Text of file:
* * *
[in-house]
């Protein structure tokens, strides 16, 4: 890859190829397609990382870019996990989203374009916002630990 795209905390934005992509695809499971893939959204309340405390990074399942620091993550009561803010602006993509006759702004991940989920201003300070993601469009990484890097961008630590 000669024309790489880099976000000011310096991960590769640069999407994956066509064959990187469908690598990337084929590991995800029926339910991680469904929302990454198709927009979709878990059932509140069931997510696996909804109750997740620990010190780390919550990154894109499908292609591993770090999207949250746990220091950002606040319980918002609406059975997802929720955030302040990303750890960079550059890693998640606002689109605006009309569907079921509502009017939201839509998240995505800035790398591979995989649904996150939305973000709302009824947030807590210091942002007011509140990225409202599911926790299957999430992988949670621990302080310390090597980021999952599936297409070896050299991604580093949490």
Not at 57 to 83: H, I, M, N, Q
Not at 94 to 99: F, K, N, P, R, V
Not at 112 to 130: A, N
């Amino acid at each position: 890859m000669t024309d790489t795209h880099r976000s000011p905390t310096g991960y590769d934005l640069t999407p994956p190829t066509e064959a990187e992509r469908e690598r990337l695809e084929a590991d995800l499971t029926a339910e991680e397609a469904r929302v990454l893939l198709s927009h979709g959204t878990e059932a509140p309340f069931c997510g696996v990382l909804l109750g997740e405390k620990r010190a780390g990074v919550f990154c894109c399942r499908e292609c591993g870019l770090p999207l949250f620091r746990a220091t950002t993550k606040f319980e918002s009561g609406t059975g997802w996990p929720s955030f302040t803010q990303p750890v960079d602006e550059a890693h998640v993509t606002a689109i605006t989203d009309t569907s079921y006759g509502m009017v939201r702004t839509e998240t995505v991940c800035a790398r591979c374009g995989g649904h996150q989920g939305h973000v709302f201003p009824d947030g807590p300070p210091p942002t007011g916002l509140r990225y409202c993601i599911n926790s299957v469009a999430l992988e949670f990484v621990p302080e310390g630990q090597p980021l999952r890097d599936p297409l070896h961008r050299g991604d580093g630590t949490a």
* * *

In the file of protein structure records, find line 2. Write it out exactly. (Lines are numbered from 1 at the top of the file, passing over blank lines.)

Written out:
């Protein structure tokens, strides 16, 4: 890859190829397609990382870019996990989203374009916002630990 795209905390934005992509695809499971893939959204309340405390990074399942620091993550009561803010602006993509006759702004991940989920201003300070993601469009990484890097961008630590 000669024309790489880099976000000011310096991960590769640069999407994956066509064959990187469908690598990337084929590991995800029926339910991680469904929302990454198709927009979709878990059932509140069931997510696996909804109750997740620990010190780390919550990154894109499908292609591993770090999207949250746990220091950002606040319980918002609406059975997802929720955030302040990303750890960079550059890693998640606002689109605006009309569907079921509502009017939201839509998240995505800035790398591979995989649904996150939305973000709302009824947030807590210091942002007011509140990225409202599911926790299957999430992988949670621990302080310390090597980021999952599936297409070896050299991604580093949490």